• 73E4DEEF-549A-46F4-B4FC-E3F3199FEBFE.jpeg
    73E4DEEF-549A-46F4-B4FC-E3F3199FEBFE.jpeg
    434.2 KB · Views: 2
  • 674EAA4A-1472-4C9D-BC3D-9F7ECF592AD2.jpeg
    674EAA4A-1472-4C9D-BC3D-9F7ECF592AD2.jpeg
    418.4 KB · Views: 2

Kimi BK

Chirping
Oct 4, 2020
71
97
96
New Mexico, USA
Buff Orpington x barred rock (hens won’t be barred in your cross):
https://www.backyardchickens.com/th...s-in-first-post-before-adding-content.629715/.
Buff Orpington x black australorp: http://forum.backyardpoultry.com/viewtopic.php?f=10&t=8039007
https://www.backyardchickens.com/threads/black-australorp-buff-orpington-cross.612679/post-11311828
https://www.backyardchickens.com/reviews/buff-orpington-x-black-australorp.11918/.

The mottling (white spots) of a speckled sussex is recessive, so you won’t see it in the first generation. However, breeding the SS mixes together or breeding them back to an SS will produce mottled offspring.
Wow, that first link is a great thread! I went down a rabbit hole with that one! I'm surprised it didn't come up in my earlier searches. I had found the BO x BA thread before; looks like a really pretty mix and we really like both breeds, so that's why we had them high on our list. Thanks for posting those links!

And thanks for the SS info -- I think if we breed them we'll keep them within breed. They are such pretty birds. Unfortunately ours were fostered by a nervous nelly hen, so they are terrified of us and aren't the friendly chicks we expected. Mom's back with the big flock, and we are spending lots of time with the chicks to try to make friends before they get too big! (They are ~8 weeks now).
 

Kimi BK

Chirping
Oct 4, 2020
71
97
96
New Mexico, USA
For dual purpose, I say you breed him to a few breeds. RIRs are supposed to be high production layers. BRs and BAs too. They are also not too small in size.

For color, definitely breed to EEs, but they produce less (not bad, just less) than my RSLs which are derived from RIRs.

EE crosses will definitely surprise you!
Sweet pics! Yes, I love our EEs. We've had 9 so far, and they are all so different from each other, but every one is beautiful and they seem so cheeky, we just have a soft spot for them. We actually have 2 chicks that are the most similar and both mostly white with touches of grey, but one has a beard and blue feet and the other one has ears and green feet. So fun! I guess crossing them will just take it to a whole nother level.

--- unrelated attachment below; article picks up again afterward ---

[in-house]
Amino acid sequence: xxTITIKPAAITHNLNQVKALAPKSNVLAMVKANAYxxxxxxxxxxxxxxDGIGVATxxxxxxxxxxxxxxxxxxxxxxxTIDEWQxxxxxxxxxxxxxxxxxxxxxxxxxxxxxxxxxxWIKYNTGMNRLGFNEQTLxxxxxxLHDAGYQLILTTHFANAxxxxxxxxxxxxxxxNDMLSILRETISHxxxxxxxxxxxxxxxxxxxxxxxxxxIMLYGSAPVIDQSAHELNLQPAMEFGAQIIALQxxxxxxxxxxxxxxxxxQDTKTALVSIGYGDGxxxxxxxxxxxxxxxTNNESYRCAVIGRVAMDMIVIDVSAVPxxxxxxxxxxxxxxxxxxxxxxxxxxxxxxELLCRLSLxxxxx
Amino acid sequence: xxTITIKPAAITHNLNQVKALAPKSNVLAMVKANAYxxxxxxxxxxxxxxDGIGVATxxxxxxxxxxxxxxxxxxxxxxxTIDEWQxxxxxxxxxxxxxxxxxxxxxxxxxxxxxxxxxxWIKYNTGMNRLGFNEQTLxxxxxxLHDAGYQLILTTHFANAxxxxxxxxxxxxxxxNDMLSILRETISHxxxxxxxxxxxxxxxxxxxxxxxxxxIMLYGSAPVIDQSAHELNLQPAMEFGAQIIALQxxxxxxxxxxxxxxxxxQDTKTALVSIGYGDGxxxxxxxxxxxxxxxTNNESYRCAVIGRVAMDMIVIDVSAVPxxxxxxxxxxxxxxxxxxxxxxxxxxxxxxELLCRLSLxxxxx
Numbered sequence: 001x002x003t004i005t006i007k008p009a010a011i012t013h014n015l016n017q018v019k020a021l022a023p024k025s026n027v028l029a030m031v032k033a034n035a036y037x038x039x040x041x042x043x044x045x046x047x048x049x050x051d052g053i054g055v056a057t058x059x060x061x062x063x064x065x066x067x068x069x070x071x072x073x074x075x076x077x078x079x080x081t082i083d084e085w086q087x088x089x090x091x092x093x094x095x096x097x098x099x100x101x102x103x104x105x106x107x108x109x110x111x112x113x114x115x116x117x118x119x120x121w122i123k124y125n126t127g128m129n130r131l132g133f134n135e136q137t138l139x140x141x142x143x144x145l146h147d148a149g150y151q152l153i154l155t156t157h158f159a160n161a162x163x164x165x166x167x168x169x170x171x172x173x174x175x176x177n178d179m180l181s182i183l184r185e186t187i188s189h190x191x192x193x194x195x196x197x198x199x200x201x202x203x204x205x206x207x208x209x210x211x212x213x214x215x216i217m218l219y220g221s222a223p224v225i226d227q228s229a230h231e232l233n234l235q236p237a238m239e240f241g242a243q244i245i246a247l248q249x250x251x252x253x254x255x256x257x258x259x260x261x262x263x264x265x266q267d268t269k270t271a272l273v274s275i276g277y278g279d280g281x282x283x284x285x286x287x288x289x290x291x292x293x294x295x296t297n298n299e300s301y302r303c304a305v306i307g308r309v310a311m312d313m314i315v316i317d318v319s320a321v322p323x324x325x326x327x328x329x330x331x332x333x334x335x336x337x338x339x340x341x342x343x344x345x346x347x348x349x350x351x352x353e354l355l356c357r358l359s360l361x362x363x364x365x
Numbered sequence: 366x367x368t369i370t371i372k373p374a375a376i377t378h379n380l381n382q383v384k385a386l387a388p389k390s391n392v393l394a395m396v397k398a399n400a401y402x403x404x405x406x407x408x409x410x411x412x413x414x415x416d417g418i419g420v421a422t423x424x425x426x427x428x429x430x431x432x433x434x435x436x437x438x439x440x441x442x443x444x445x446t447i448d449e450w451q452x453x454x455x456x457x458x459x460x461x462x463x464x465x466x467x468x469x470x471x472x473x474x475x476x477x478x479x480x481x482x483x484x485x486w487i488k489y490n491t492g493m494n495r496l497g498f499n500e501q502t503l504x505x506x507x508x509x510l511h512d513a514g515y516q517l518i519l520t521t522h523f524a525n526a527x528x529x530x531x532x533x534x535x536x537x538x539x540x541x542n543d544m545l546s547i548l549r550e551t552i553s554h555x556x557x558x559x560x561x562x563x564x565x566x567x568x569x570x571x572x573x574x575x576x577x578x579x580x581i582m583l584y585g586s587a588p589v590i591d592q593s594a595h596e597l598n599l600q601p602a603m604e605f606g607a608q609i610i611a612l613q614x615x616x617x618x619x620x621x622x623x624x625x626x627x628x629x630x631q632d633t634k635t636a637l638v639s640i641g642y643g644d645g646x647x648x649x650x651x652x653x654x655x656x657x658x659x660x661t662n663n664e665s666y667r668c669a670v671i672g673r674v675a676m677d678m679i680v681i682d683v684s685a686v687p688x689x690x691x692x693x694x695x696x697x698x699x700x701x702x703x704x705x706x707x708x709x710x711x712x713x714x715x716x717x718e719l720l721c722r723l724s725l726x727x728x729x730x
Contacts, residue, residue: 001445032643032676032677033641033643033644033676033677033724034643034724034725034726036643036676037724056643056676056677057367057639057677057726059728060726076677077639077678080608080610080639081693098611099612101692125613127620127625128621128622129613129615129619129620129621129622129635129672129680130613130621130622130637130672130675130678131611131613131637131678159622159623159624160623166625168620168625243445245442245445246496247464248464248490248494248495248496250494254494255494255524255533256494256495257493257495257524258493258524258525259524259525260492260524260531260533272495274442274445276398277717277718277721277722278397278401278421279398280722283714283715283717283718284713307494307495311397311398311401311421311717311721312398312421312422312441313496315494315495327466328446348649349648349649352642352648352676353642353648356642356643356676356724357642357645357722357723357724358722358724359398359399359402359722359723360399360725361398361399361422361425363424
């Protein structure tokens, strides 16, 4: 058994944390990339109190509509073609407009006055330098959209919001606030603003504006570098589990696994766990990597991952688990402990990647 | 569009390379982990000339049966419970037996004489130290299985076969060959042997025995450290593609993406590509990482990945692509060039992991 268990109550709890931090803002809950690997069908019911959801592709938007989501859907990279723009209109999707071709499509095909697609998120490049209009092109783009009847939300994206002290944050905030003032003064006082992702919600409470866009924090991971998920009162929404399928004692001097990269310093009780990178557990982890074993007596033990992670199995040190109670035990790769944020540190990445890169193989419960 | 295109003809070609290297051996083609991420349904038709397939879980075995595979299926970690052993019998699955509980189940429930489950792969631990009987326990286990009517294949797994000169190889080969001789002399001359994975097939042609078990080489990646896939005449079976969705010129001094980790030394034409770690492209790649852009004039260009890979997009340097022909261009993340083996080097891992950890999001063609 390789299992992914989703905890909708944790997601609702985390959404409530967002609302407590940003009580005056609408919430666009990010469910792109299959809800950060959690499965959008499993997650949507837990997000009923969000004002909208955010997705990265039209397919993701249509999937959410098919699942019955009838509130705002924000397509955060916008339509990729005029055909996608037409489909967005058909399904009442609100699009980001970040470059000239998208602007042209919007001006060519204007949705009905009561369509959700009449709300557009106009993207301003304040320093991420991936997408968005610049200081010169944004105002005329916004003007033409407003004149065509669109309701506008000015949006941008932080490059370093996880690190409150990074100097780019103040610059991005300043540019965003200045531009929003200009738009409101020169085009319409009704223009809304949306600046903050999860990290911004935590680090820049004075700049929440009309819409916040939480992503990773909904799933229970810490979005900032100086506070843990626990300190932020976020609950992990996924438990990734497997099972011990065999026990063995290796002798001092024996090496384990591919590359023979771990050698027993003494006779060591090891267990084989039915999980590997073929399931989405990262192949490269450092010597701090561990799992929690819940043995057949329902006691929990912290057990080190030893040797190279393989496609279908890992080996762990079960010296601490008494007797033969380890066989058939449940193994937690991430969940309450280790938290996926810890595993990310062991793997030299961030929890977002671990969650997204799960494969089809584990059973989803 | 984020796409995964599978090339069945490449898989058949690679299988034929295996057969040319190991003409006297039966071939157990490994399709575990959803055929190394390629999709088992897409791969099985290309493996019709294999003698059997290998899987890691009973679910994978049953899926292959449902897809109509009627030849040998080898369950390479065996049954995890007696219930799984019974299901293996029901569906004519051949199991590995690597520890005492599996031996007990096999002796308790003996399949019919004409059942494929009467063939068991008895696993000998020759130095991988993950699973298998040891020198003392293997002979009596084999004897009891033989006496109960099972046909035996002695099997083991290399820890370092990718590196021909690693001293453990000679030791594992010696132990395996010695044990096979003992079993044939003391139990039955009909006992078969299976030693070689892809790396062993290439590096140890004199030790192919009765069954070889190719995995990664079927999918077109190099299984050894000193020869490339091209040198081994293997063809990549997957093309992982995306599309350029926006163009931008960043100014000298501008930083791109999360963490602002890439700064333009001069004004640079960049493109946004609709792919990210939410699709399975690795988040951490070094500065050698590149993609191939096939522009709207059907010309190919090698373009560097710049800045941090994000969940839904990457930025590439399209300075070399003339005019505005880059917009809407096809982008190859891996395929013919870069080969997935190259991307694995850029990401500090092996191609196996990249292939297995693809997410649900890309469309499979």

We've only had 4 laying EEs so far (we currently have 5 juveniles), but they have all been crazy productive... although our oldest, who we had for 10 years, did have long dry spells when moulting (and of course slowed down after her first few years)
 

3KillerBs

Enabler
12 Years
Jul 10, 2009
10,667
27,363
1,066
North Carolina Sandhills
My Coop
My Coop
I don't know what your goals are, but my intent for next year since I have difficulty telling who is laying what egg is to isolate the hens I like best so I can collect their eggs and, of those eggs, choose the best egg characteristics -- no abnormalities, good size, appropriate shape, desirable color, etc.
 

Sally PB

Crossing the Road
Premium Feather Member
Aug 7, 2020
8,313
36,337
933
Belding, MI
I don't know what your goals are, but my intent for next year since I have difficulty telling who is laying what egg is to isolate the hens I like best so I can collect their eggs and, of those eggs, choose the best egg characteristics -- no abnormalities, good size, appropriate shape, desirable color, etc.
What criteria do you use for choosing the hens you like best?
 

New posts New threads Active threads

Top Bottom